Skip to content


Everything consists of carbon.

We must recognise unseen molecules to understand our world and its molecular composition. For example, water molecules, imperceptible except as raindrops or vapour, originate from plant photosynthesis. This volume remains stable due to carbon circulation.

You unavoidably inhale carbon dioxide, composed of two oxygen molecules bonded to carbon. Unless winds are strong, you even inhale some of the carbon dioxide you exhale.

The decreasing leaf and grass area is a concern, which limits freshwater production. The air you breathe contains fewer oxygen molecules due to this.

Droughts result from reduced photosynthesis, while burning fossil fuels leads to excess water, causing floods. Aircraft emissions, liquidised in the atmosphere, contribute to this process.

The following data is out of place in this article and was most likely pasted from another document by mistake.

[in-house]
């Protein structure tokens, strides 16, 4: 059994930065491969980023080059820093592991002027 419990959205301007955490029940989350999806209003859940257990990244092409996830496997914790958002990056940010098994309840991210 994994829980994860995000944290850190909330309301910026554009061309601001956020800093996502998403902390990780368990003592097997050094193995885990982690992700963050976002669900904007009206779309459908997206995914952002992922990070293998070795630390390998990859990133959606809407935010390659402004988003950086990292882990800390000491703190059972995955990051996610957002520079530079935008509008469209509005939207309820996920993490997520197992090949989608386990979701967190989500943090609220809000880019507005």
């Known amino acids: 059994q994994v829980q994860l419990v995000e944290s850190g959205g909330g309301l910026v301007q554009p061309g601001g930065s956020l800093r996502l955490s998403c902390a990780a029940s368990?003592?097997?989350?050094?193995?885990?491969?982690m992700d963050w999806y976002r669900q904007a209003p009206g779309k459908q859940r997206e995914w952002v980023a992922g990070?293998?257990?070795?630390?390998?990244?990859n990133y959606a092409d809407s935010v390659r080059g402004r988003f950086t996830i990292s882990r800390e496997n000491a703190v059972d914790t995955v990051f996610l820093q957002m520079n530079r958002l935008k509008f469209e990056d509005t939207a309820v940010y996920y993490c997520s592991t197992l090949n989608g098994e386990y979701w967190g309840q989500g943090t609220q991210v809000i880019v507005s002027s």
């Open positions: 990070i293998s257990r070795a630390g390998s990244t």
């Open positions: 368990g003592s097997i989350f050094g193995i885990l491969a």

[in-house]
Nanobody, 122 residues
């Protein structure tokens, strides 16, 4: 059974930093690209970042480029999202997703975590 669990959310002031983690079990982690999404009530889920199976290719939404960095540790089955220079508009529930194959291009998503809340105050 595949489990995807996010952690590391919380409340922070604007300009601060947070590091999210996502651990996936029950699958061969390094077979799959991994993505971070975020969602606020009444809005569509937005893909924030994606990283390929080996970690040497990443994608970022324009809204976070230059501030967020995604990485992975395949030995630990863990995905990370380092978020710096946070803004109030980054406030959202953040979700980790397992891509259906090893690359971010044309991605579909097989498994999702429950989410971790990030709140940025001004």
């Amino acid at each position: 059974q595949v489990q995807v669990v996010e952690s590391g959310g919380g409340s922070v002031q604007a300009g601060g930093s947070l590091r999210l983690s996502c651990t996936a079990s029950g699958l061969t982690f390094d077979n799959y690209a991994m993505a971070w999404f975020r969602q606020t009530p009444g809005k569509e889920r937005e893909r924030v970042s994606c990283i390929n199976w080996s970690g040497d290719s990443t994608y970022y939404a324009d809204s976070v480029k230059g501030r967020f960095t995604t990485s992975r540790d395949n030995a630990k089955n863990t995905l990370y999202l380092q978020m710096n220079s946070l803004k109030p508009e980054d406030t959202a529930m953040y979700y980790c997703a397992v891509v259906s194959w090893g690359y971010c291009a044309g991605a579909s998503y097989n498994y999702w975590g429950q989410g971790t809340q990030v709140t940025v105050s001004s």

Carbon is a chemical element with the symbol C and atomic number 6. It is nonmetallic and can exist in various forms (allotropes), including diamond, graphite, fullerenes, and amorphous carbon. It is the basic building block of life and is found in every organic compound, as well as in many inorganic ones.
Carbon is a chemical element with the symbol C and atomic number 6. It is nonmetallic and can exist in various forms (allotropes), including diamond, graphite, fullerenes, and amorphous carbon. It is the basic building block of life and is found in every organic compound, as well as in many inorganic ones.

Understanding Climate Gasses, CO2, and How Plants Help


Carbon is a big deal on Earth. It’s the fourth most common thing in the universe after hydrogen, helium, and oxygen. Carbon makes up all living things, like plants, animals, and us! It moves around the Earth, in the land, air, oceans, and deep inside the Earth in the carbon cycle process. This carbon cycle has two parts: one that takes millions of years and another much quicker, taking only days to thousands of years.

How Carbon Became a Part of Earth